Not a Lexis+ subscriber? Try it out for free.
LexisNexis® CLE On-Demand features premium content from partners like American Law Institute Continuing Legal Education and Pozner & Dodd. Choose from a broad listing of topics suited for law firms, corporate legal departments, and government entities. Individual courses and subscriptions available.
Miriam Jordan, New York Times, May 10, 2017 - "Ms. Colotl, who was brought to the United States by her parents as a child, learned Monday that her DACA status had been revoked, thrusting her into the national immigration debate anew. With a new president in the White House, she is once again facing deportation. Dustin Baxter, Ms. Colotl’s lawyer, on Tuesday requested that a federal judge in Atlanta intervene and reinstate her DACA protection. “We are taking an innocent girl who has done nothing but contribute to the society she has been a part of since she was 11 and making her a villain and poster child for Trump’s deportation policies,” Mr. Baxter said in an interview."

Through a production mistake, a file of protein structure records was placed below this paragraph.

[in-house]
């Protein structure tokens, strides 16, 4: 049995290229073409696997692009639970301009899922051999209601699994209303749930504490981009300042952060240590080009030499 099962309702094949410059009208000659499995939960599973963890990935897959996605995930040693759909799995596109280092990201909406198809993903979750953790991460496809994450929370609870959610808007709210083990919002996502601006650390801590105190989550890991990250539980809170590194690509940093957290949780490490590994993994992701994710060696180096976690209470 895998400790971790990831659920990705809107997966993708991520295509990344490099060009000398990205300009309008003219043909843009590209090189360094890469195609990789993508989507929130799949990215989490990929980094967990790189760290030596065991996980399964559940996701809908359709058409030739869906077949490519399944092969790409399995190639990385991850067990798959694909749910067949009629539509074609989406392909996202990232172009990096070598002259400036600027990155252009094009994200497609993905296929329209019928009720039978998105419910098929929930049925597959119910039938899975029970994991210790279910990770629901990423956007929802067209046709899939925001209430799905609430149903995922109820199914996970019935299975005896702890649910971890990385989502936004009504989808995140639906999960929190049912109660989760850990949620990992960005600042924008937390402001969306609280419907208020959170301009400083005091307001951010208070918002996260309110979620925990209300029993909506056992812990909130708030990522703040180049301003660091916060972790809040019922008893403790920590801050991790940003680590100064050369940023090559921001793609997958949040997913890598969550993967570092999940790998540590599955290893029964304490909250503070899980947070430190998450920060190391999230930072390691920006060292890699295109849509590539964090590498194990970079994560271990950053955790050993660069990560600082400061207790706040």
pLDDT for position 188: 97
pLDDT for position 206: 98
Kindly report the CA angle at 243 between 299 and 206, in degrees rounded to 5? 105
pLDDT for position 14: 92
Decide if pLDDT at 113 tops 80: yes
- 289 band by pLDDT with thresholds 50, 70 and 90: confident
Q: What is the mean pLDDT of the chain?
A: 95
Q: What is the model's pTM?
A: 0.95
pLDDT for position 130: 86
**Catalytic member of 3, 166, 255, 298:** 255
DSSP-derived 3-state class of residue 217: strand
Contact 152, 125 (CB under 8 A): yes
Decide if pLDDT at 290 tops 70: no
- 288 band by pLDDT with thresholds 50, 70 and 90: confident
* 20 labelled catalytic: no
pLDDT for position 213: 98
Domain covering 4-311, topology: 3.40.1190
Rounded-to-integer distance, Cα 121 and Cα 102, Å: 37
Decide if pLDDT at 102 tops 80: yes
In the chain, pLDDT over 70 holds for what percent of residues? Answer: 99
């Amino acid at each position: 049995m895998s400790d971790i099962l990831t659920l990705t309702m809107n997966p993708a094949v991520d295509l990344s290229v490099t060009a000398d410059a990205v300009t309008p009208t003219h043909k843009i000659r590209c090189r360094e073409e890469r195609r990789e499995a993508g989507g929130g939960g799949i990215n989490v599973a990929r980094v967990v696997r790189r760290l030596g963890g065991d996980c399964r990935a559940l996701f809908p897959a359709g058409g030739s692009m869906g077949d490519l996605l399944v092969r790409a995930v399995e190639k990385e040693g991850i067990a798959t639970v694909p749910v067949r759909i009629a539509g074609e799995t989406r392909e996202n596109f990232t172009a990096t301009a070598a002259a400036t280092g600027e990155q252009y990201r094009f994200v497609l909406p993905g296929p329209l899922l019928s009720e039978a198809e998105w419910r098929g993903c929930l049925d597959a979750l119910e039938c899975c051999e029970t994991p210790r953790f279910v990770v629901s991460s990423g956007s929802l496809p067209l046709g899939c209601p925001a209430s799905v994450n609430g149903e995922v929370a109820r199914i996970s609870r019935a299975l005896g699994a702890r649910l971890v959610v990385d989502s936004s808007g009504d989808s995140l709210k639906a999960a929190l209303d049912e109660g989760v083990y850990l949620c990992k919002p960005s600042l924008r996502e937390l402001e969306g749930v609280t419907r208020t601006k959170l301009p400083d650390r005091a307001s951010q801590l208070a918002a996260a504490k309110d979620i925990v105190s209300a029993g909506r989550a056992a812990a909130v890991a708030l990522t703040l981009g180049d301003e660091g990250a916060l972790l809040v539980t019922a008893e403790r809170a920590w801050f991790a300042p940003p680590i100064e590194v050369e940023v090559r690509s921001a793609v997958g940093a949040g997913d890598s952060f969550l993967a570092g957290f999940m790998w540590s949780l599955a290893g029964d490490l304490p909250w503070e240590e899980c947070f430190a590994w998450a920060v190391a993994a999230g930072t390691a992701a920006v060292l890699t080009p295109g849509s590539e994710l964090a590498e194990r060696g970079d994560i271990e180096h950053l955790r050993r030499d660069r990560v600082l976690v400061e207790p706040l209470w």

Kate Brumback, Associated Press, May 11, 2017 - "Colotl’s attorney, Charles Kuck, said the revocation of Colotl’s DACA status shows Trump has not told the truth. “Trump promised that DACA kids were fine,” Kuck said. “Nothing’s changed in Jessica’s case. ... They are simply in bad faith punishing her for exercising her rights under the policies enacted by the government.” ... Bryan Cox, a spokesman for U.S. Immigration and Customs Enforcement, said in an email that Colotl admitted guilt in August 2011 to a felony charge of making a false statement to a law enforcement officer and was allowed to enter a pretrial diversion program. He said that “under federal law her guilty plea is considered a felony conviction for immigration purposes.” Kuck disputes that. He said she complied with the terms of pretrial diversion, meaning she did not plead guilty and does not have a felony conviction. Furthermore, he said, paperwork about the pretrial diversion agreement was submitted along with her approved DACA application, and nothing has changed since. Kuck filed a challenge Tuesday in federal court."